Drug purity can, and does, vary wildly from batch-to-batch. One batch may cause little or no effect, and the next may contain dangerous levels of active substances. Last year, The Loop analysed ‘ecstasy’ pills which were found to be 100% concrete. Conversely, ecstasy pills with potentially lethal doses of MDMA have been detected throughout Europe. These wild inconsistencies are also commonplace in cocaine, amphetamine and heroin markets.

 

Adulteration, contamination and misselling

 

Multi Agency Safety Testing (MAST)

MAST allows people who use drugs to submit samples for analysis by trained professionals. Services such as the Austrian ChEck It, the Swiss SaferParty, the Spanish EnergyControl, and the Dutch Jellinek, have been operating for approximately two decades. MAST  can occur either through ‘front of house’ or ‘back of house’ testing and  “ we should aim for a gold standard testing system that includes both, in order to maximise public health benefits and minimise drug-related harm”.

 

‘Front of House’ Testing:

 

‘Back of House’ Testing:

  • WEDINOS (Welsh Emerging Drugs and Identification of Novel Substances), allows Welsh people to send in samples for laboratory analysis for free;
  • Spanish-based EnergyControl and US-based EcstasyData allow anyone to send in samples to analyse for a fee.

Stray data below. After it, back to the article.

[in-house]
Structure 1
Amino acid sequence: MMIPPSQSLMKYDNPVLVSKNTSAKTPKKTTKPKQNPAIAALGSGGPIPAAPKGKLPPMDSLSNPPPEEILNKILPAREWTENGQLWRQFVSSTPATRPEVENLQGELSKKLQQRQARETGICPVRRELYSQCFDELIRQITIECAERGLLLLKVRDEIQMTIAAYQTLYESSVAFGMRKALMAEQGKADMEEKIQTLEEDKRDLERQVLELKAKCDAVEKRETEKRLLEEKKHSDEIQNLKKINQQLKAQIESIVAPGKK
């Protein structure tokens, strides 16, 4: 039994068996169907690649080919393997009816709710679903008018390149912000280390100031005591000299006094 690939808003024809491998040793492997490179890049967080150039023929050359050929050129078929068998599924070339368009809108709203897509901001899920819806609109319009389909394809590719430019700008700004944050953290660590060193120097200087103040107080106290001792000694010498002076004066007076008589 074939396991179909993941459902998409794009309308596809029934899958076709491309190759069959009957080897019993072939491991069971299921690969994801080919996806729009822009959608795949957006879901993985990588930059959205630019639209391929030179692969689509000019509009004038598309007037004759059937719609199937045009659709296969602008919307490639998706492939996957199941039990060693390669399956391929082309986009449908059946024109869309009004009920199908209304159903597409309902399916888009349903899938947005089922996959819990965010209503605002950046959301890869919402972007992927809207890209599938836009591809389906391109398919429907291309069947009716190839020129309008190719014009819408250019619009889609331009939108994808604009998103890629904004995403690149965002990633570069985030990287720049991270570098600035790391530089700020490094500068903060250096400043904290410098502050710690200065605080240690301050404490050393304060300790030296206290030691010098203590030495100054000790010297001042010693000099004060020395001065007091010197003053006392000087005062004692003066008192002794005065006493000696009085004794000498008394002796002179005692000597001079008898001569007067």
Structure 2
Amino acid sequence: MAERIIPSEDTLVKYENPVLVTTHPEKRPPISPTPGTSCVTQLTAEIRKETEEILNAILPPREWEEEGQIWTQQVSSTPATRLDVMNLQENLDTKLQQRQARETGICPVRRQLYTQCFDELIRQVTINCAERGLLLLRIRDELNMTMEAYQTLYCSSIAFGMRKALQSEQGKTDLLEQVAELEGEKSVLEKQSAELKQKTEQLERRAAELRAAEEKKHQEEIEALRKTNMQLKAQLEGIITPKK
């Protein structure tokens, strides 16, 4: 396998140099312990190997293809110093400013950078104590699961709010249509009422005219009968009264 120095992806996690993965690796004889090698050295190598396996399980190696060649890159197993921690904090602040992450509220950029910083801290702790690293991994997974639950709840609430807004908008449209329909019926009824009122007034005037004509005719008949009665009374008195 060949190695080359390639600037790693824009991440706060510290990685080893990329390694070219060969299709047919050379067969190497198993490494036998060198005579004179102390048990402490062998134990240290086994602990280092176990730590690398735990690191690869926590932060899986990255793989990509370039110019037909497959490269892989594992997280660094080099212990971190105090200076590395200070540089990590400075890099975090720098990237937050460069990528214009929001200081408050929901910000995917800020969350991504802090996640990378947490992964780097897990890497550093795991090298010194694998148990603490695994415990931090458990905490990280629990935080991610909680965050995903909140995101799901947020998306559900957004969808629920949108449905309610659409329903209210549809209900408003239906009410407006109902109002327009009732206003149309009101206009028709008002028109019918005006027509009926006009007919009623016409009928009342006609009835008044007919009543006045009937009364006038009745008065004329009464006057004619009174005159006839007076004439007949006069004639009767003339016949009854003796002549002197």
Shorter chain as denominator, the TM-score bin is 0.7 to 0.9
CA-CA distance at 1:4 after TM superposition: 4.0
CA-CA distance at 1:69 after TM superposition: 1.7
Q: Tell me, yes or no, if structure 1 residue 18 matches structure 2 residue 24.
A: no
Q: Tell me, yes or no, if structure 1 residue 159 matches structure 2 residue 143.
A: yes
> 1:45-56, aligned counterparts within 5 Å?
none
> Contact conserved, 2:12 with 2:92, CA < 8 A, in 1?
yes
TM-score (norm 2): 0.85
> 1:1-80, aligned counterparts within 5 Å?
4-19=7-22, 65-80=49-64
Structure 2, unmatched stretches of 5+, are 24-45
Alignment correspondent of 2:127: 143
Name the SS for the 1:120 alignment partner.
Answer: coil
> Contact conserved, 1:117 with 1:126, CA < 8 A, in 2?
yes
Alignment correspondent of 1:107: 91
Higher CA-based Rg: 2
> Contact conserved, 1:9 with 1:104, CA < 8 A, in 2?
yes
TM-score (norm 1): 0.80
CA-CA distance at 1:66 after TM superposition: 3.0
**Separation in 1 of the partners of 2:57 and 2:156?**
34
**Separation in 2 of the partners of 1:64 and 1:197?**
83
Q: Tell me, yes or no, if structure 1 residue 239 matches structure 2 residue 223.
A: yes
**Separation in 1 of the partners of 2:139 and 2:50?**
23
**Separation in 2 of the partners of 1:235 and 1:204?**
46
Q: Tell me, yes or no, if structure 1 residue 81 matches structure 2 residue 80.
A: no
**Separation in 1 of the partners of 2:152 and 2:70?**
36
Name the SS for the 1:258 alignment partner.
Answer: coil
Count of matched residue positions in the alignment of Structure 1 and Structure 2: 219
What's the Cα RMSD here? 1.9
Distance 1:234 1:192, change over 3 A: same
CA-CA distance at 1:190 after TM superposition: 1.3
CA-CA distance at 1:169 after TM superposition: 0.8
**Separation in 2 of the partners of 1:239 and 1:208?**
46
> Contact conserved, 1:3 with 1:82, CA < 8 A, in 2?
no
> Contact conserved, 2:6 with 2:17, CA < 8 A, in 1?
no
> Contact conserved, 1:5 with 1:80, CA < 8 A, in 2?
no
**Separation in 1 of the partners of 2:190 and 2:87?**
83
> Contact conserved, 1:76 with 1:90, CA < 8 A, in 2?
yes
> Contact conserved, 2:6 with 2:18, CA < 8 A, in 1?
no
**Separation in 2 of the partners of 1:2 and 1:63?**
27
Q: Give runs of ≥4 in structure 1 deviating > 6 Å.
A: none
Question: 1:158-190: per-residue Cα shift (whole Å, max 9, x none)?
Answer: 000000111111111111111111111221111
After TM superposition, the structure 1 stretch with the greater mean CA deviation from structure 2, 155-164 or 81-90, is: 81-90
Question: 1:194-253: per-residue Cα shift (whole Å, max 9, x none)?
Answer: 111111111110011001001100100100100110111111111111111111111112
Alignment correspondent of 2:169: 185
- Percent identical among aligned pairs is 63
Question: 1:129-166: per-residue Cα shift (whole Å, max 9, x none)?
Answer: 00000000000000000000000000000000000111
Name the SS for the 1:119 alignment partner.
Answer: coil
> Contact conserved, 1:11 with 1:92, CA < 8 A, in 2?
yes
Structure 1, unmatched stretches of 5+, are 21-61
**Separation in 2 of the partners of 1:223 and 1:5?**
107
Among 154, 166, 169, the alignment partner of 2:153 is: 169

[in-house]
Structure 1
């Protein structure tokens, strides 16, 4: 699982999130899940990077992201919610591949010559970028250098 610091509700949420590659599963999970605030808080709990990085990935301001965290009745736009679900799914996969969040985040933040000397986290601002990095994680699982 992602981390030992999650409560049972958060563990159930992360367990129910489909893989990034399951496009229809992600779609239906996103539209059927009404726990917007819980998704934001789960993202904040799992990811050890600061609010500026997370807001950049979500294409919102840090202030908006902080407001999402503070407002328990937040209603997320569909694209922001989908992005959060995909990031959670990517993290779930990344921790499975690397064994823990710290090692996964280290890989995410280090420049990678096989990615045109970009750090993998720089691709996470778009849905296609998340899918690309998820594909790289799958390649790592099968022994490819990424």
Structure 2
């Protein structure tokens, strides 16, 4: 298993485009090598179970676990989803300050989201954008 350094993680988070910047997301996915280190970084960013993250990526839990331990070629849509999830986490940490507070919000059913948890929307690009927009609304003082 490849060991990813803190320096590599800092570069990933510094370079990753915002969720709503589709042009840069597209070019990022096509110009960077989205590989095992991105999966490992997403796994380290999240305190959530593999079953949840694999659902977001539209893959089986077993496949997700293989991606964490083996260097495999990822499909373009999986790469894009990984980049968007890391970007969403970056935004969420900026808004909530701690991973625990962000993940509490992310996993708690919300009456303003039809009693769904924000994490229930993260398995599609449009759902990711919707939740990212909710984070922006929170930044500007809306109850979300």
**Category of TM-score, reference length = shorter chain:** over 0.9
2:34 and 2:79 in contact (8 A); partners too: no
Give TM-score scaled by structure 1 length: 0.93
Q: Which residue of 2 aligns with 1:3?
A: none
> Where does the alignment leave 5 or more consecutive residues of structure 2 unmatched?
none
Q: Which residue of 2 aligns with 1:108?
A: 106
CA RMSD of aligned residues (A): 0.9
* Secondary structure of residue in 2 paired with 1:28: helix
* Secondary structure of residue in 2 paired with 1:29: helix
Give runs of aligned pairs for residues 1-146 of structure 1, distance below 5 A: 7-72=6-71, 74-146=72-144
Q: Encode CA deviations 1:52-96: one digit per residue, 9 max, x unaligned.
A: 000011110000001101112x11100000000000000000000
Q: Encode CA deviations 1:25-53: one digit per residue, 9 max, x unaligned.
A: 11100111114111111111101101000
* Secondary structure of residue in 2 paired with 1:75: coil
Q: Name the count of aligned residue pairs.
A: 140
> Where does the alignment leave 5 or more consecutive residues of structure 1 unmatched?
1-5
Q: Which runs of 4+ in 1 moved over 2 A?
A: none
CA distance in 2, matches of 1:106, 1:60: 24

Benefits of MAST:

  • Provides a point of contact for brief interventions with people who use drugs, around their drug use;
  • Provides information on the quality and purity of drugs to the people using them;
  • Generally leads to safer consumption patterns (for example, when NPSs are detected, drugs are often discarded);
  • Can greatly enhance information gathering of substance use in given areas, and increase the responsivity of emergency services to newly emerging trends  e.g. WEDINOS has detected several previously unidentified NPSs,  the Trans-European Drug Information Project (TEDI)  monitors trends through-out the European region and the Nightlife Harm Reduction Network of the Americas is developing similar capacities.

Since their inception, festivals have been associated with dancing, sex, and the use of alcohol and other drugs (AOD). However, these celebrations can also present high risk environments arising from the use of AOD, long durations of dancing without breaks, adverse weather conditions (e.g. high or low temperatures), unfamiliar environments, bright lights, loud music, decreased sleep and poor nutrition.

Adverse reactions to AOD, mental health problems, dehydration, exhaustion, sunburn, hyperthermia, hypothermia and other negative effects can occur as a result.  The use of AOD may also lead to an increased likelihood of engaging in risky sexual practices.

Festival welfare services are services which aim to reduce the risk and effect of several of these problems.  UK-based Chill Welfare, for example, aims to “keep people safe by reducing the harms caused by alcohol and other drugs, support mental wellbeing and promote sexual health”.  Check out Katy McLeod’s presentation at Students for Sensible Drug Policy Ireland’s 2017 annual conference (which Youth RISE co-sponsored) here.